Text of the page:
Today aesthetics has become so important that everyone wants to get a perfect smile on their face. Nobody likes to have extra teeth in the mouth. An extra tooth not only affects the aesthetics but may also damage the adjacent teeth, interfere with the eruption of a permanent tooth and affect the surrounding tissues and bone.
One common type of supernumerary tooth that grows between the front teeth is called as a Mesiodens. Mesiodens often occurs during childhood and interferes with the eruption of permanent teeth in the front. In most cases, a mesiodens also alters the alignment and impacts the dental aesthetics. It is necessary to detect it in its early stage to avoid a series of complications and treatments that may be required to align the teeth.
It is always best to consult a dentist at this time and get the extra tooth removed at an early stage. Let’s read on to understand the implications of a mesiodens on the overall dentition.
What is mesiodens?
As the name suggests, Mesiodens tooth is a supernumerary tooth that erupts between two teeth, most commonly between the central incisors in the front i.e. the midline of the upper jaw.
Generally, a mesiodens is a single supernumerary tooth, but in rare instances, two extra teeth may also present clinically.
Studies have shown that only 1% of the population is usually affected by mesiodens. (1)
How does it occur?
Two proposed theories may explain the occurrence of a Mesiodens –
- Hyperactivity theory – This suggests an increased activity of tooth’s developing layer called dental lamina during the formation of the tooth bud may form an extra tooth.
- Dichotomy theory – This phenomenon explains the splitting of a single tooth bud into two sections.
Who can have mesiodens?
Mesiodens rarely occurs in the oral cavity. The prevalence of its occurrence may vary from 0.09 – 2.2%.
It commonly occurs in young children but may persist in adults as well. Individuals from 4 – 20 years of age are often affected. Males have slightly higher predilection as compared to females. (2)
An occurrence of mesiodens is common in permanent dentition, and it commonly occurs as a single, unilateral supernumerary tooth but may sometimes occur bilaterally as well.
Mesiodens is also often associated with syndromes like cleft lip and palate and cleidocranial dysostosis.
Types of mesiodens
Mesiodens can be broadly classified into three types:
- Supplementary – They erupt like a healthy tooth, most commonly in young children during the eruption of primary dentition.
- Rudimentary – Unlike supplementary, these erupt in permanent dentition and do not resemble a healthy tooth. It differs in shape and size. It commonly presents in adults.
- Inverted – As the name suggests the tooth is inverted at 180 degrees and the direction of eruption changes.
What are the complications associated with mesiodens?
- Delayed eruption of front teeth, i.e., the central incisors
- A spacing between the front teeth called as diastema
- Change in the direction of the eruption of the adjacent permanent teeth
- Dilacerations – formation of curved roots
- Root resorption of adjacent teeth
- Formation of cysts like a dentigerous cyst
- An abnormal eruption of a tooth for example eruption in the nasal cavity
How is it diagnosed?
Mesiodens is an x-linked inherited oral condition. A dentist can diagnose the situation after a thorough medical history, oral examination and x-ray study.
Since it is a common occurrence among the children, regular dental check-ups are advised as soon as the first tooth starts to erupt and should be followed up for every six months.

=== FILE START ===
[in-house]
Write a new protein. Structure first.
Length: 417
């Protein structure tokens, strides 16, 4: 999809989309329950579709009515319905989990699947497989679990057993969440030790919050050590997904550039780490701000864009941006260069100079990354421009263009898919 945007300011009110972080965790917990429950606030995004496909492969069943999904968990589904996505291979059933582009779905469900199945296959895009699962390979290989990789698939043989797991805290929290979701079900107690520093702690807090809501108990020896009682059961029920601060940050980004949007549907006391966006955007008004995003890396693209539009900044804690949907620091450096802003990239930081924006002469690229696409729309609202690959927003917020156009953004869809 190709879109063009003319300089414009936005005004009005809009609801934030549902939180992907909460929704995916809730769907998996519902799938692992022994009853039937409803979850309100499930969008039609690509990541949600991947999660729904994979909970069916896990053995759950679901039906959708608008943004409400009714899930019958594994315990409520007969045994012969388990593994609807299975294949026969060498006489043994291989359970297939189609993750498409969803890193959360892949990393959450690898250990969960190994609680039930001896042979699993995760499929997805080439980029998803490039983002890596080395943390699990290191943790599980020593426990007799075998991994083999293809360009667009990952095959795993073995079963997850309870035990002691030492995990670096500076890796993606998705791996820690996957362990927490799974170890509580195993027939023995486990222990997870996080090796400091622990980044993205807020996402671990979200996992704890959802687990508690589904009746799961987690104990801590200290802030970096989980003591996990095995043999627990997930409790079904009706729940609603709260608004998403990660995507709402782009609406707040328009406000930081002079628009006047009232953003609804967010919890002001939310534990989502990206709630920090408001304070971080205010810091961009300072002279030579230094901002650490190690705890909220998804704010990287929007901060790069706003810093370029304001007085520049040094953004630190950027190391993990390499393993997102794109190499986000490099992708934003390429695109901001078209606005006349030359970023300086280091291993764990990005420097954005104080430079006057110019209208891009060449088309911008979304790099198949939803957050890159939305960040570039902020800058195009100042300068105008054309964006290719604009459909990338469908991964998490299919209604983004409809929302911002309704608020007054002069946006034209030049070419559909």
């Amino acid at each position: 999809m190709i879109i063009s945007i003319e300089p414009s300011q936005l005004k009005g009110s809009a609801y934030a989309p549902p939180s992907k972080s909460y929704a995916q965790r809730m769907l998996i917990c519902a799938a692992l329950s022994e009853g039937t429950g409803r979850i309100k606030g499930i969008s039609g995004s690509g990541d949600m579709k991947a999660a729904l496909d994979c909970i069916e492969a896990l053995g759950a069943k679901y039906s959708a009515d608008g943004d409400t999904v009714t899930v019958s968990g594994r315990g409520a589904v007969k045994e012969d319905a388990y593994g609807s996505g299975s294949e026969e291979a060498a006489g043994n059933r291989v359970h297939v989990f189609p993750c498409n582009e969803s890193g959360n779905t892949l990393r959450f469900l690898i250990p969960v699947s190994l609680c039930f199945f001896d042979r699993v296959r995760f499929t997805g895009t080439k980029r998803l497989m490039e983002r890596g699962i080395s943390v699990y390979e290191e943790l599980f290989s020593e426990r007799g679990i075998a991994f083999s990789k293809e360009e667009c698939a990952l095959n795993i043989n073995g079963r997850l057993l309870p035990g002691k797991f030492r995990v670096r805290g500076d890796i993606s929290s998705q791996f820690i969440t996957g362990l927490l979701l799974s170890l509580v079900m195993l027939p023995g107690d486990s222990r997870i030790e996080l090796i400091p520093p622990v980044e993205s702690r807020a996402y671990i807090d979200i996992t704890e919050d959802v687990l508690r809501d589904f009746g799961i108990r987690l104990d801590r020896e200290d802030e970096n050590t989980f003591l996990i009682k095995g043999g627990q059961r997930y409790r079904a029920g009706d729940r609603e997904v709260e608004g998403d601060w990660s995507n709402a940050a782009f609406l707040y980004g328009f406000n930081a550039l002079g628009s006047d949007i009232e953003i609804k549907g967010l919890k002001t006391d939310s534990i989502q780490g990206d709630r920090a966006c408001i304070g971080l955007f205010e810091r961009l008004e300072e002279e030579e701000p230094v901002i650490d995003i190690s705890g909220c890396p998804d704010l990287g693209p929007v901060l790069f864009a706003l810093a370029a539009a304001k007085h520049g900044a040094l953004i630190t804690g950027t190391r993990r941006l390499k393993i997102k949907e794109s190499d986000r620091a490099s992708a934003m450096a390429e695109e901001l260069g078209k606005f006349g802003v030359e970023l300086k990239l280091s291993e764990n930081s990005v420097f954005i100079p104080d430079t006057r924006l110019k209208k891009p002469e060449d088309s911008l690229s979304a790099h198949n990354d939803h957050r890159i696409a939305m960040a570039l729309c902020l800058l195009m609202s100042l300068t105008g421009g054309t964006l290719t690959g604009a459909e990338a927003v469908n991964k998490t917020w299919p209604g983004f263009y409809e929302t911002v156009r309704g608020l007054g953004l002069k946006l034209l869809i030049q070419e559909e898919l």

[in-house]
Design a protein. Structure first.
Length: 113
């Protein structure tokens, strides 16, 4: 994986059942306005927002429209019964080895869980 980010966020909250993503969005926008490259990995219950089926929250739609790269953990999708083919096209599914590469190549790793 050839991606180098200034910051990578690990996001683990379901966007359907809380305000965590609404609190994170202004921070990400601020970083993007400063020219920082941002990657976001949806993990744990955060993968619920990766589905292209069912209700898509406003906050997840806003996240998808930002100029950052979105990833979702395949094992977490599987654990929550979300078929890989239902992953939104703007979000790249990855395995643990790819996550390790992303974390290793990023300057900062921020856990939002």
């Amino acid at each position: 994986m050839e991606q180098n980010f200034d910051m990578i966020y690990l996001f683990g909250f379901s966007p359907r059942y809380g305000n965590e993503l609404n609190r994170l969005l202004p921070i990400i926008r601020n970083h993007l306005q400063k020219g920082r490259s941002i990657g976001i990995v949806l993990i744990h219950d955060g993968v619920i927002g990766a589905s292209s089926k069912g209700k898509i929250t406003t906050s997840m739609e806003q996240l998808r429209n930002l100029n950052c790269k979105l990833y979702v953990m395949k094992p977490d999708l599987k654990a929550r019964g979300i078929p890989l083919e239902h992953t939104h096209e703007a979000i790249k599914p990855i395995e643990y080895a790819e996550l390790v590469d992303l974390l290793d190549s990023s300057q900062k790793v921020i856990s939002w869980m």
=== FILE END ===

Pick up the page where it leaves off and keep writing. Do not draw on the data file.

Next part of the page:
Around 75% of the mesiodens don’t erupt and stay impacted in such situations; radiographs play a crucial role to identify a mesiodens. (3)
Radiographically a mesiodens can be diagnosed as –
In this case, a mesiodens resembles a healthy tooth in shape and size. Eumorphic mesiodens most commonly erupts between the central incisors of the upper jaw.
In some cases, because of incomplete root development, they may erupt partially in the upper jaw.
In this case, a mesiodens has an abnormal shape and size. The representation of a dysmorphic mesiodens can vary as follows:
- Conical/peg shaped – the most common type of occurrence (almost 70%)
- Tuberculate – resembles a tubercle (may have more than once cusp)
- Supplemental – presents as double the size of a healthy tooth
What is the treatment?
Treatment varies with the age group. Generally, in all cases, mesiodens are extracted to allow the permanent teeth to erupt in their original position.
- In young children, the condition is left alone and only monitored every six months. In some instances, the mesiodens fall out on its own.
- An unerupted mesiodens if identified, should be treated with a surgical extraction.
- In adults, an extraction of the mesiodens may be followed by an orthodontic treatment to align the teeth and close the diastema.
Whatever the treatment may be, a follow-up appointment is as necessary as the procedure. It will help the dentist to update you about the eruption pattern and help you maintain the aesthetics of the teeth.
Take away message
Mesiodens may be a rare occurrence. However, it is mandatory to take care of your child’s oral health and get regular check-ups to allow the teeth to erupt properly.
Nobody likes to undergo an orthodontic treatment; early detection and appropriate treatment will help you to avoid unnecessary surgery.
Maintain good oral hygiene to avoid any oral complications like infections, plaque formation, etc.
Mesiodens not only affects the aesthetics but also impair the growth of the adjacent teeth and surrounding tissues. So, it is essential to keep a check on the oral condition.
If you notice increased spacing or delayed eruption of teeth, visit your dentist and get a consultation to stay informed about the dental problem.